She said this while speaking on the reception’s sidelines in the reception of the homecoming of the 2019/2020 UK Chevening scholarship beneficiaries, adding that the UK government is still keen in its fight against insecurity.
Laing said the UK had been assisting the Nigerian military in training, campaign planning, and how to defuse IEDs.
“We are extremely concerned about the deteriorating security situation,” Laing said
“I mean, Nigeria is facing a lot of problems everywhere – in the northeast, terrorism; in the northwest, banditry, kidnapping; in the middle belt, the farmers-herders conflict; in the south, the Niger Delta conflict everywhere.
“And the secession movements in the south-east. So, Nigeria is really struggling.
“Well, we are here to support and help. We have the military team here, who came here after the Chibok girls were kidnapped, actually. We are still here, training the Nigerian military, helping them to do campaign planning, how to counter IEDs.”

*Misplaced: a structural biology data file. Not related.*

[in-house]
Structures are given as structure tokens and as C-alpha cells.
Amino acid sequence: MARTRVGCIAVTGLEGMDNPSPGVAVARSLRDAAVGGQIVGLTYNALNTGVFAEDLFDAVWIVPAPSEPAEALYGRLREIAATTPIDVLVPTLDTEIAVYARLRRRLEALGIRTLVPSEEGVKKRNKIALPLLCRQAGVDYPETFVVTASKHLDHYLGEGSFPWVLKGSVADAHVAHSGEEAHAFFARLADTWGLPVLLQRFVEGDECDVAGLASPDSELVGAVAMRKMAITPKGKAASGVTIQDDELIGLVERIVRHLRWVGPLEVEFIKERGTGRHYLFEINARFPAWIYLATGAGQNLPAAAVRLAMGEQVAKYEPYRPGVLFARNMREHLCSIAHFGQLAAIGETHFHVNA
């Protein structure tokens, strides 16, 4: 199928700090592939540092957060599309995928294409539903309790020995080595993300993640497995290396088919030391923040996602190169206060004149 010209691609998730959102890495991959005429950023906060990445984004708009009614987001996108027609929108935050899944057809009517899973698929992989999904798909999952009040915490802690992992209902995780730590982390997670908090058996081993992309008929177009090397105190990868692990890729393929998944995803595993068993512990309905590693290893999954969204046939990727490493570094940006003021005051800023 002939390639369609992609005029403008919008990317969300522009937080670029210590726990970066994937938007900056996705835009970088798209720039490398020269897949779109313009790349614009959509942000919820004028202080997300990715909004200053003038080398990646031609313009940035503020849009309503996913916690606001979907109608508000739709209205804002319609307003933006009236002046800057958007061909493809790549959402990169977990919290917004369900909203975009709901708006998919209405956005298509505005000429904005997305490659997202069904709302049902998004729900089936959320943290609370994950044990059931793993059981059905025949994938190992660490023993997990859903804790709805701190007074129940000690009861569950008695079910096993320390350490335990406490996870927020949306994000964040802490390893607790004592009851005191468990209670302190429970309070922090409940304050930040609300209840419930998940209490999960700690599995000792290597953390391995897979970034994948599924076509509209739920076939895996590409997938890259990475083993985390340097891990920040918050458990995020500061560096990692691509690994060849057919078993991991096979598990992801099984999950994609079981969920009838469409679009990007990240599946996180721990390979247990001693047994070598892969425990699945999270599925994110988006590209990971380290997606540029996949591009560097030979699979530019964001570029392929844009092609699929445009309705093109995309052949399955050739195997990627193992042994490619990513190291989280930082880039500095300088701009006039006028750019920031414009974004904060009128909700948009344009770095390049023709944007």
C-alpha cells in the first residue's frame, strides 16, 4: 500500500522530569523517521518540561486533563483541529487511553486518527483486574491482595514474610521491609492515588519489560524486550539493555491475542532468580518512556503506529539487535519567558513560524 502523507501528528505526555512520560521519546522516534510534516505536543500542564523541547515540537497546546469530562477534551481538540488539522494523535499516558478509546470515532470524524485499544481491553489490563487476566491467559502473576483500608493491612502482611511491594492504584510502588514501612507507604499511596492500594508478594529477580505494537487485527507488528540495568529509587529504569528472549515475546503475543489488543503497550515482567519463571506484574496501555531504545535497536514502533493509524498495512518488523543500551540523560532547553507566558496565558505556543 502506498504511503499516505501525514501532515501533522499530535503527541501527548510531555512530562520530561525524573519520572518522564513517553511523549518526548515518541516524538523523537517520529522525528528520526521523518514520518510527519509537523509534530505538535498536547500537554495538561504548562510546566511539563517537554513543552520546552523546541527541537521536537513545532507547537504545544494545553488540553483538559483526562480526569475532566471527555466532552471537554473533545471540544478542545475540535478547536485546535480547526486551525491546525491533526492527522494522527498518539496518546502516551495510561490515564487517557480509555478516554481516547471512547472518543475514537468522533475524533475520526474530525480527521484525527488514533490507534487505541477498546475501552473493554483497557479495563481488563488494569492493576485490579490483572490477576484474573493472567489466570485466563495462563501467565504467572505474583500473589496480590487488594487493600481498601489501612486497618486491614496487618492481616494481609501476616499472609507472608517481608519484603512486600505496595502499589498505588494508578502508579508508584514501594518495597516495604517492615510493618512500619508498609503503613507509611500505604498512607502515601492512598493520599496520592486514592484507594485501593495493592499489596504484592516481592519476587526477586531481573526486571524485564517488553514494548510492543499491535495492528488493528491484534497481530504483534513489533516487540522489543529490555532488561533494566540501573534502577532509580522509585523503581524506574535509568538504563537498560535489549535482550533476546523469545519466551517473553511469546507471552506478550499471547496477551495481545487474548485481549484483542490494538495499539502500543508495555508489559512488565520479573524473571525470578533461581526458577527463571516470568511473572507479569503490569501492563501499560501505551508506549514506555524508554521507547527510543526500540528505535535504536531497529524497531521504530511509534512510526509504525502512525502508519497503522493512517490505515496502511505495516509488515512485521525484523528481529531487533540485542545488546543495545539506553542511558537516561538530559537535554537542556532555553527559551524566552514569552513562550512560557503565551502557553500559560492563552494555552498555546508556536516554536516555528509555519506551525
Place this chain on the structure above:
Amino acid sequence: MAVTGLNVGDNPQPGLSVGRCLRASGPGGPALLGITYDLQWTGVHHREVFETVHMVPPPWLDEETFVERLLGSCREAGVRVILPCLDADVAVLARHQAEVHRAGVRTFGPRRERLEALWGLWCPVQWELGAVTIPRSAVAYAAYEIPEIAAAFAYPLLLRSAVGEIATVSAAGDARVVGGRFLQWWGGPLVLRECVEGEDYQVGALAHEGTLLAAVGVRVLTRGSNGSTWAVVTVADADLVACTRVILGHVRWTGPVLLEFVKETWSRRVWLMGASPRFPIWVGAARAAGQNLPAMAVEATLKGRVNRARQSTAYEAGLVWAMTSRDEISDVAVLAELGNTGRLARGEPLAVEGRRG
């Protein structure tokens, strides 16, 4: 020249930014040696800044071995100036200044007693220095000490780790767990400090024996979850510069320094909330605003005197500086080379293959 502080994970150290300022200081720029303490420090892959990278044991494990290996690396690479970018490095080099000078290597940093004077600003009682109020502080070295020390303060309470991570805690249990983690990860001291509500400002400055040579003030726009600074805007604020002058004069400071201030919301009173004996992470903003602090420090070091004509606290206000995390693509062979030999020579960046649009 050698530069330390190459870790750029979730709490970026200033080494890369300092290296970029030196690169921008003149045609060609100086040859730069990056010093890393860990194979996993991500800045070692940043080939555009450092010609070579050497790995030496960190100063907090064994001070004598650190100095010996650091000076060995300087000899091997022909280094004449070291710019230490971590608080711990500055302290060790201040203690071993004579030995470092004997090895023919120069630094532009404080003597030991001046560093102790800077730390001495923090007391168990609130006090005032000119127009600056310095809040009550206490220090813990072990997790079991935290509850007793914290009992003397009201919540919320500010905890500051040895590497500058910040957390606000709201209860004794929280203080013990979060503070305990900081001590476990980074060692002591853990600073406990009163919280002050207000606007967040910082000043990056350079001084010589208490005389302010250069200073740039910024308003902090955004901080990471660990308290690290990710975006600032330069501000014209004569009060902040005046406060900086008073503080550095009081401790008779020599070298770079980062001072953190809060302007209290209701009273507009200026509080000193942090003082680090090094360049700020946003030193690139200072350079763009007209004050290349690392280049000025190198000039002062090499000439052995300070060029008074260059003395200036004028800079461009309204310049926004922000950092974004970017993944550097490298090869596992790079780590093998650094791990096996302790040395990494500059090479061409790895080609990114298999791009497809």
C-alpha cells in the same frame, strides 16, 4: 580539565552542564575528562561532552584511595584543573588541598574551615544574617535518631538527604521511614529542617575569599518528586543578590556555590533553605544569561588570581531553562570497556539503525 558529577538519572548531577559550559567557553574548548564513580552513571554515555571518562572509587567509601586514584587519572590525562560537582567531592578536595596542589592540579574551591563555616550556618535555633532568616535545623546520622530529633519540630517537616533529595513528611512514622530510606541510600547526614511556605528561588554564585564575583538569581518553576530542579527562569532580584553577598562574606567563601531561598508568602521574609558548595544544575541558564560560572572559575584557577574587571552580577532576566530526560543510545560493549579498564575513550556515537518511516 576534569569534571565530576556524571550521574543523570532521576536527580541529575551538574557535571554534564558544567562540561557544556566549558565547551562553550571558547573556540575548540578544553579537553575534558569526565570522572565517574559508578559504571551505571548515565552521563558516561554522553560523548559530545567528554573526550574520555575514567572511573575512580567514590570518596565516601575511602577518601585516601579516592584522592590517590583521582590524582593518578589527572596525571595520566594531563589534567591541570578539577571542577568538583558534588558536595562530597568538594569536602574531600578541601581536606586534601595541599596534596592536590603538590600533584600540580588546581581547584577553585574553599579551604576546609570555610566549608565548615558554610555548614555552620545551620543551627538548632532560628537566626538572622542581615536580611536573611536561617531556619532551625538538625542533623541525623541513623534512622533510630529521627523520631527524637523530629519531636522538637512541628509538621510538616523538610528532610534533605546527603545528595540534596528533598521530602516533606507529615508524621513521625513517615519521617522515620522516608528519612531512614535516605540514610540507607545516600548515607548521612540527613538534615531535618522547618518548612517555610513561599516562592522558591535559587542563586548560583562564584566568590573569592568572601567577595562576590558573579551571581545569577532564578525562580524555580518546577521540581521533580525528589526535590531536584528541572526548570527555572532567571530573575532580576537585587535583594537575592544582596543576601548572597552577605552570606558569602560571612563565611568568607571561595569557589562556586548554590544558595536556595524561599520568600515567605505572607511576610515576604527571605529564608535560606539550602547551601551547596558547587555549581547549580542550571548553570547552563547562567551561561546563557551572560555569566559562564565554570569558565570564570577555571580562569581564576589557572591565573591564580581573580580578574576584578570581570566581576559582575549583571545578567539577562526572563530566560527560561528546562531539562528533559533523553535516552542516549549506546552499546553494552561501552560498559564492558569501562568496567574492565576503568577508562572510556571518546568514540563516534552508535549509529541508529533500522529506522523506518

She asserts that the recent visit of the UK minister of armed forces also showed the UK government’s commitment to helping Nigeria.
“So, we are here for a long time. This is a Nigerian partnership. Your insecurity becomes our insecurity if we don’t help you tackle it. So, we are here, and we are trying to do our best to support you,” she said.
Commending the Chevening programme, Lang said it was an initiative by the UK government to prepare future leaders who would excel in academic qualifications and give back to their respective countries.
Praising the Chevening programme, Lang said it one of the UK government initiative to prepare future leaders who would make distinctive mark academically and give back to their respective countries.
She asserts Nigeria already had 1,300 Chevening alumni “currently occupying important positions in power,” thereby providing the UK with both “access and influence”.